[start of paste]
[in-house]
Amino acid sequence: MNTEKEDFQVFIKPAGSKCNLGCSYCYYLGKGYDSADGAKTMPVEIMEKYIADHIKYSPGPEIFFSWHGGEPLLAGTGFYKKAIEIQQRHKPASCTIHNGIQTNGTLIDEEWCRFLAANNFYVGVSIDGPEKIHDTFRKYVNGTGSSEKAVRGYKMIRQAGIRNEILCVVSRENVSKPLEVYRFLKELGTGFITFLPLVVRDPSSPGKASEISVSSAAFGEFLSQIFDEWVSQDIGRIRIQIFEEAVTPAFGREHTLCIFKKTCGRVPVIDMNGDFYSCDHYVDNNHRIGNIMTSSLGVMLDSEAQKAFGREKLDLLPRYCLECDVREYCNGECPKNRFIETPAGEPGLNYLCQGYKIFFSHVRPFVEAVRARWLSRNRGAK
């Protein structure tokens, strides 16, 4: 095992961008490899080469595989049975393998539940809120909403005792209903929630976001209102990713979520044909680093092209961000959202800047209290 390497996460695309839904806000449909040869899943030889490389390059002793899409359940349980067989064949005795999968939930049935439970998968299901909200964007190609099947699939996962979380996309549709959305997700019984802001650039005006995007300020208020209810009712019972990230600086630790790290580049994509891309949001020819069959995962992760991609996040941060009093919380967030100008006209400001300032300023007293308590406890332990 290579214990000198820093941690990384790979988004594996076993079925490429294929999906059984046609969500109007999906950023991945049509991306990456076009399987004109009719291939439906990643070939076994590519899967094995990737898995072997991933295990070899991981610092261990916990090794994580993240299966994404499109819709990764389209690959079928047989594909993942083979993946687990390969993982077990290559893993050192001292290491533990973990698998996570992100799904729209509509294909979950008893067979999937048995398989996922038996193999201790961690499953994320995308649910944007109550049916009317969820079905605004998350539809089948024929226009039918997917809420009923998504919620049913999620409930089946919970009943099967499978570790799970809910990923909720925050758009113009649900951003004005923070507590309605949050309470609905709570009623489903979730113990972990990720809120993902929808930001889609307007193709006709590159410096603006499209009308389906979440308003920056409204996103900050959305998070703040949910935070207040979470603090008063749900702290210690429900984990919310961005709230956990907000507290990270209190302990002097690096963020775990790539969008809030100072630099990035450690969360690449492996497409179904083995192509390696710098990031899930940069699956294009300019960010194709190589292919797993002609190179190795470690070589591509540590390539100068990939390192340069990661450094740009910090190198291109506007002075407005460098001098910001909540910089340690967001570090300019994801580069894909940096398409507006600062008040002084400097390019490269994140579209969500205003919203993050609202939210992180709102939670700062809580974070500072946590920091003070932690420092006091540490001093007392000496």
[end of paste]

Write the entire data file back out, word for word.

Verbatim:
[in-house]
Amino acid sequence: MNTEKEDFQVFIKPAGSKCNLGCSYCYYLGKGYDSADGAKTMPVEIMEKYIADHIKYSPGPEIFFSWHGGEPLLAGTGFYKKAIEIQQRHKPASCTIHNGIQTNGTLIDEEWCRFLAANNFYVGVSIDGPEKIHDTFRKYVNGTGSSEKAVRGYKMIRQAGIRNEILCVVSRENVSKPLEVYRFLKELGTGFITFLPLVVRDPSSPGKASEISVSSAAFGEFLSQIFDEWVSQDIGRIRIQIFEEAVTPAFGREHTLCIFKKTCGRVPVIDMNGDFYSCDHYVDNNHRIGNIMTSSLGVMLDSEAQKAFGREKLDLLPRYCLECDVREYCNGECPKNRFIETPAGEPGLNYLCQGYKIFFSHVRPFVEAVRARWLSRNRGAK
């Protein structure tokens, strides 16, 4: 095992961008490899080469595989049975393998539940809120909403005792209903929630976001209102990713979520044909680093092209961000959202800047209290 390497996460695309839904806000449909040869899943030889490389390059002793899409359940349980067989064949005795999968939930049935439970998968299901909200964007190609099947699939996962979380996309549709959305997700019984802001650039005006995007300020208020209810009712019972990230600086630790790290580049994509891309949001020819069959995962992760991609996040941060009093919380967030100008006209400001300032300023007293308590406890332990 290579214990000198820093941690990384790979988004594996076993079925490429294929999906059984046609969500109007999906950023991945049509991306990456076009399987004109009719291939439906990643070939076994590519899967094995990737898995072997991933295990070899991981610092261990916990090794994580993240299966994404499109819709990764389209690959079928047989594909993942083979993946687990390969993982077990290559893993050192001292290491533990973990698998996570992100799904729209509509294909979950008893067979999937048995398989996922038996193999201790961690499953994320995308649910944007109550049916009317969820079905605004998350539809089948024929226009039918997917809420009923998504919620049913999620409930089946919970009943099967499978570790799970809910990923909720925050758009113009649900951003004005923070507590309605949050309470609905709570009623489903979730113990972990990720809120993902929808930001889609307007193709006709590159410096603006499209009308389906979440308003920056409204996103900050959305998070703040949910935070207040979470603090008063749900702290210690429900984990919310961005709230956990907000507290990270209190302990002097690096963020775990790539969008809030100072630099990035450690969360690449492996497409179904083995192509390696710098990031899930940069699956294009300019960010194709190589292919797993002609190179190795470690070589591509540590390539100068990939390192340069990661450094740009910090190198291109506007002075407005460098001098910001909540910089340690967001570090300019994801580069894909940096398409507006600062008040002084400097390019490269994140579209969500205003919203993050609202939210992180709102939670700062809580974070500072946590920091003070932690420092006091540490001093007392000496």